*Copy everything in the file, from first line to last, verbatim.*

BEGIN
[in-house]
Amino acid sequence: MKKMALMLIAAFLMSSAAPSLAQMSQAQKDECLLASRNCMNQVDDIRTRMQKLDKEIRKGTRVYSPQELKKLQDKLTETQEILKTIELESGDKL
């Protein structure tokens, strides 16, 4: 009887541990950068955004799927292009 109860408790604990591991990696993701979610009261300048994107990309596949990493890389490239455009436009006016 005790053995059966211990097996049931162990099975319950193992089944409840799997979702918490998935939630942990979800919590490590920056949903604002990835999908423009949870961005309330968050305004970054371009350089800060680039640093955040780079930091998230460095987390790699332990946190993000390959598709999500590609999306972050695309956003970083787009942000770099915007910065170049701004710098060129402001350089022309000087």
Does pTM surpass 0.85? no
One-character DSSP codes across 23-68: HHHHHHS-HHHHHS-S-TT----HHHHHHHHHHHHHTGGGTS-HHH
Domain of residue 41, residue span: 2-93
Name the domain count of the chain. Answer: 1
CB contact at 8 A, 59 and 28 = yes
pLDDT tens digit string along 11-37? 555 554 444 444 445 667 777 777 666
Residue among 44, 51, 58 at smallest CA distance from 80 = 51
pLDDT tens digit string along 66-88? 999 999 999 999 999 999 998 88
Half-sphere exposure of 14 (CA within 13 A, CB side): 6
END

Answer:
[in-house]
Amino acid sequence: MKKMALMLIAAFLMSSAAPSLAQMSQAQKDECLLASRNCMNQVDDIRTRMQKLDKEIRKGTRVYSPQELKKLQDKLTETQEILKTIELESGDKL
């Protein structure tokens, strides 16, 4: 009887541990950068955004799927292009 109860408790604990591991990696993701979610009261300048994107990309596949990493890389490239455009436009006016 005790053995059966211990097996049931162990099975319950193992089944409840799997979702918490998935939630942990979800919590490590920056949903604002990835999908423009949870961005309330968050305004970054371009350089800060680039640093955040780079930091998230460095987390790699332990946190993000390959598709999500590609999306972050695309956003970083787009942000770099915007910065170049701004710098060129402001350089022309000087």
Does pTM surpass 0.85? no
One-character DSSP codes across 23-68: HHHHHHS-HHHHHS-S-TT----HHHHHHHHHHHHHTGGGTS-HHH
Domain of residue 41, residue span: 2-93
Name the domain count of the chain. Answer: 1
CB contact at 8 A, 59 and 28 = yes
pLDDT tens digit string along 11-37? 555 554 444 444 445 667 777 777 666
Residue among 44, 51, 58 at smallest CA distance from 80 = 51
pLDDT tens digit string along 66-88? 999 999 999 999 999 999 998 88
Half-sphere exposure of 14 (CA within 13 A, CB side): 6